According to the family I got the (name) John accidentally. My father, when a young man, went to sea and a shipmate friend of his (was) from, I believe, one of the European Countries, was named Martin. When I arrived my father wanted me named for him and so it was. The next day an elderly gentleman who lived alone and a bit across the field from us came to the house and said, “I hear you have a boy over here. What did you name him?” Someone told him that the baby had been named Martin. His reply was, “By golly, I can’t say no such name as that. I’m going to call him John.” So that’s how I became John Martin.
I attended the local schools; elementary Woodland and Winter Harbor, two years in private schools taught in community homes. I graduated from New Point High School. After graduation in May I did some work by correspondence with Southern Shorthand and Business University in Norfolk. I enrolled there the following January and completed the Course in the spring. I worked in Norfolk that summer and in the fall entered Ferrum Junior College as it was known then. By the end of the year the famous depression was creeping on and there was some doubt that the college department of Ferrum would endure. I along with some friends then went to Lincoln Memorial University, Harrogate, Tenn.
The superintendent of schools for Mathews offered me that summer a job as instructor in the “business departments” at Lee-Jackson School. I saw this as an opportunity to save enough to enable me to go back to college and graduate. I taught three years. From a starting salary of $100.00 a month to a salary of $54.00 a month my third year was ample evidence of what the depression was doing. So, I gave up teaching – worked for the federal program instituted at the time as clerk and supervisor until I began to work for an insurance company. I worked there until with the onset of World War II and gas rationing I found I couldn’t get gas to adequately do the job so I went to work with the Rationing Board.
Mr. D. D. Forrest, then superintendent of Schools came to me and offered me a job as principal of Lee Jackson School which was then an elementary school with grades one through seven. I stayed there 22 years. Then I was asked by Mr. Forrest to take the position of Home-School Counselor for Mathews and Gloucester Counties which were then one division. There were two of us working at this job which meant that we were concerned with any problems concerning students and parents; attendance, sickness, slow learners, drop outs, etc.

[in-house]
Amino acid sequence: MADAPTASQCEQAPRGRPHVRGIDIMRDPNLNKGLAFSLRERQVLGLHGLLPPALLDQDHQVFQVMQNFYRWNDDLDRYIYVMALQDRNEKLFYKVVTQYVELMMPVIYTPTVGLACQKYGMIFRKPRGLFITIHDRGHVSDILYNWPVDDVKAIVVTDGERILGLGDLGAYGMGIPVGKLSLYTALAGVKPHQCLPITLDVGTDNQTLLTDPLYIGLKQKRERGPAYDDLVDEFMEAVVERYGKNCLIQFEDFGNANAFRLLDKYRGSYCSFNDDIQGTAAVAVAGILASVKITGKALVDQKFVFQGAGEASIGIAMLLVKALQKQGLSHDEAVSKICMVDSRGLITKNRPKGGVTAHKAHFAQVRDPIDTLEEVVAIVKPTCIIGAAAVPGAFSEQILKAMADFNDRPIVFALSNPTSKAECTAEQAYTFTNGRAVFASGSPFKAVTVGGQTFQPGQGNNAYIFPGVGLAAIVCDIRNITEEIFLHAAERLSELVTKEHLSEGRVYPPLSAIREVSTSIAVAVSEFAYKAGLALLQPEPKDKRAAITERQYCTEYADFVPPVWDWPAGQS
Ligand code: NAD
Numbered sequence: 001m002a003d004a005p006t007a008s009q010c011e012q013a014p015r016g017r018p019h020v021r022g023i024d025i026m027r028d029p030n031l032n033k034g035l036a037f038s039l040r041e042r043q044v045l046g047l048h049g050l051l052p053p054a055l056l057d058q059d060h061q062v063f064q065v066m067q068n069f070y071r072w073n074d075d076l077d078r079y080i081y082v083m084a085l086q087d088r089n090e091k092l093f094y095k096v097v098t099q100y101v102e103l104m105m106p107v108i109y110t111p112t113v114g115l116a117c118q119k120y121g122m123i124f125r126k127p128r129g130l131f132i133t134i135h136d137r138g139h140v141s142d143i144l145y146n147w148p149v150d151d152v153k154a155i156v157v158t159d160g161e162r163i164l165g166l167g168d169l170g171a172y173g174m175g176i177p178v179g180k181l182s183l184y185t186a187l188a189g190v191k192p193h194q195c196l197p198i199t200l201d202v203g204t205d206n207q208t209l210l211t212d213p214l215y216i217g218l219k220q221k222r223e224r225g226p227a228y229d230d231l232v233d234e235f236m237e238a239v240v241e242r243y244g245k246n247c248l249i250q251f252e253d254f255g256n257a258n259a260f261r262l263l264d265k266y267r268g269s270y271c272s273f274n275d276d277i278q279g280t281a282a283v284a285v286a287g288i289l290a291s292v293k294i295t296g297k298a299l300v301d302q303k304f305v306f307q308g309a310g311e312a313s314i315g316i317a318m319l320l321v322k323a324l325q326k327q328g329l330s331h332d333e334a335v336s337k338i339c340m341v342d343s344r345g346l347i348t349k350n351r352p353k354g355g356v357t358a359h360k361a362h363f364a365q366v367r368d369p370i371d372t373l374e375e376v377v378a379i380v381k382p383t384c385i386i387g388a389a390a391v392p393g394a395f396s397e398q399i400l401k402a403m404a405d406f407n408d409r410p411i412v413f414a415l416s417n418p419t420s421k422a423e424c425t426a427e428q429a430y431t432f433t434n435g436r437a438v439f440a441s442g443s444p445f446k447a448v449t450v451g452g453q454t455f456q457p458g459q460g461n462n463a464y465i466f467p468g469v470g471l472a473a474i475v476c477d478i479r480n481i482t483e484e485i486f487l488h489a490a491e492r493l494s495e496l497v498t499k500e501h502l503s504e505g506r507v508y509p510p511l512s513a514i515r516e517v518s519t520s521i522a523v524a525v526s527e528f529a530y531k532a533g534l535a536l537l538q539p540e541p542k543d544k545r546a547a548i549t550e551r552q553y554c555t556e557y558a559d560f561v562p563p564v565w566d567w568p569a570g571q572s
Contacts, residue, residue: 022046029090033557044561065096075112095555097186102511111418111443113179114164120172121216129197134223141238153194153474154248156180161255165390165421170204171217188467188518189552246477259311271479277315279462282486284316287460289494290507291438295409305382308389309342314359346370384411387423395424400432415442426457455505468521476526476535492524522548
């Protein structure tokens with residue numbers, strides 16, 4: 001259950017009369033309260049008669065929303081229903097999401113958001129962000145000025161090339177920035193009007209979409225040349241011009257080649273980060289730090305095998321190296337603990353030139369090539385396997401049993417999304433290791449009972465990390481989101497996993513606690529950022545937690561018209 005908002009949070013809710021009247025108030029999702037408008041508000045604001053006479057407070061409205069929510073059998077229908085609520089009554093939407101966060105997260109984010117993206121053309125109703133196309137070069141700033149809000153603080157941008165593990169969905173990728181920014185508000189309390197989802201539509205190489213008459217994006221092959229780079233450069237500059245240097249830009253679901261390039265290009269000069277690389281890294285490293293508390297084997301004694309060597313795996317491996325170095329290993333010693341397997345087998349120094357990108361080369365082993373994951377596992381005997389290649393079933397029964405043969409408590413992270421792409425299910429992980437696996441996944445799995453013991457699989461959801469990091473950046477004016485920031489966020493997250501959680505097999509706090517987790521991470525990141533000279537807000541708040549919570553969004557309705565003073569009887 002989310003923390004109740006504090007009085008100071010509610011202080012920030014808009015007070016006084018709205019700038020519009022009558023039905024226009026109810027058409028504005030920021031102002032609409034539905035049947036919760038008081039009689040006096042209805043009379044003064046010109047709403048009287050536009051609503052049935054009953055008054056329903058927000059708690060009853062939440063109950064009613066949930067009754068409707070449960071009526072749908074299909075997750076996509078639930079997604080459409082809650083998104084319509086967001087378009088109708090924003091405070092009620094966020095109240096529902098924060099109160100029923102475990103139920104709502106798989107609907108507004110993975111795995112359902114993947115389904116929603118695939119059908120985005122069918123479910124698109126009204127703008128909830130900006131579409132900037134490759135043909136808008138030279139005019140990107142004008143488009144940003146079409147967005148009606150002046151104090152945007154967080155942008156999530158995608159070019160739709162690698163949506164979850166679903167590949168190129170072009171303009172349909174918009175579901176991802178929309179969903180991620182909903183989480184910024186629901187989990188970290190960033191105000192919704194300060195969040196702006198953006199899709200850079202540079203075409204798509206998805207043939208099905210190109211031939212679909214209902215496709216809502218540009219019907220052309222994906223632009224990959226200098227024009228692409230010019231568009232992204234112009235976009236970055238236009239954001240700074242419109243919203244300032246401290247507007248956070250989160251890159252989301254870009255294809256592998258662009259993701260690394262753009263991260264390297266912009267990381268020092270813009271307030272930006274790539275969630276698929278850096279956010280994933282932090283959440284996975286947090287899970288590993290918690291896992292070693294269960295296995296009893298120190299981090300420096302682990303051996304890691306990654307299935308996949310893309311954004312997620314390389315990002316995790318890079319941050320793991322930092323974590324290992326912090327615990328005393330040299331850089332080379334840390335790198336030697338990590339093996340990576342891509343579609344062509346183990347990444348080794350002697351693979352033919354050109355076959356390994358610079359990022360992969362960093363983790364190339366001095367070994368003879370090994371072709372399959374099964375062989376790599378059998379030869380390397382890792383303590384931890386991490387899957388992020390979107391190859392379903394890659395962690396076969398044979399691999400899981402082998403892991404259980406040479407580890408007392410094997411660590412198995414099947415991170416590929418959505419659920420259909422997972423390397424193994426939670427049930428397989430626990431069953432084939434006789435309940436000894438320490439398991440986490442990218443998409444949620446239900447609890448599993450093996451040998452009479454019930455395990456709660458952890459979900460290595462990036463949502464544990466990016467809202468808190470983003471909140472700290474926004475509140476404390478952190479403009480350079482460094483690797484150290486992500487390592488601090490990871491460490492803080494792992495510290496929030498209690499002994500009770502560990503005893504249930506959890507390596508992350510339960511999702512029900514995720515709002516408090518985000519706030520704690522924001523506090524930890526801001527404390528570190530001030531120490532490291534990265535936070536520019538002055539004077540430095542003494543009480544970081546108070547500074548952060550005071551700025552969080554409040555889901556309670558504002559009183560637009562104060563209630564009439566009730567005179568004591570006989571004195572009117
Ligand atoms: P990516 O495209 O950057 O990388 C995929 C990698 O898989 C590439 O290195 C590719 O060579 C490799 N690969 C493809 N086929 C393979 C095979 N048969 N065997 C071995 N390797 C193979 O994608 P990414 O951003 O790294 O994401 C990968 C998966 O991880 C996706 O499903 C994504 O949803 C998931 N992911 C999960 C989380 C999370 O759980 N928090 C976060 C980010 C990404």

I left this after two years when Mathews and Gloucester became separate divisions, from then until my retirement in 1974 I worked as Assistant Division Superintendent a job I soon gave up as being a paper title with little significance and until the times of my retirement I was supervisor of Federal Programs. I suppose my major work here was with the Teacher Corps and what was then known as Title III. I was able to get a sizeable grant for beginning this and for the first time we had art and music programs for the entire system – grades 1 through 12. We also had a program for slow learners, psychological service, etc. I neglected to say that after I went to work at Lee-Jackson I enrolled in the College of William and Mary and graduated there – did graduate work there also.
In addition to my work with the schools I have most of my life been active in work with the churches and have been a member of Bethel Methodist since I was twelve years of age and a Local Preacher in the Methodist Church for more than fifty years.
I married Ivey Leone Hudgins and we had one daughter Carole Anne.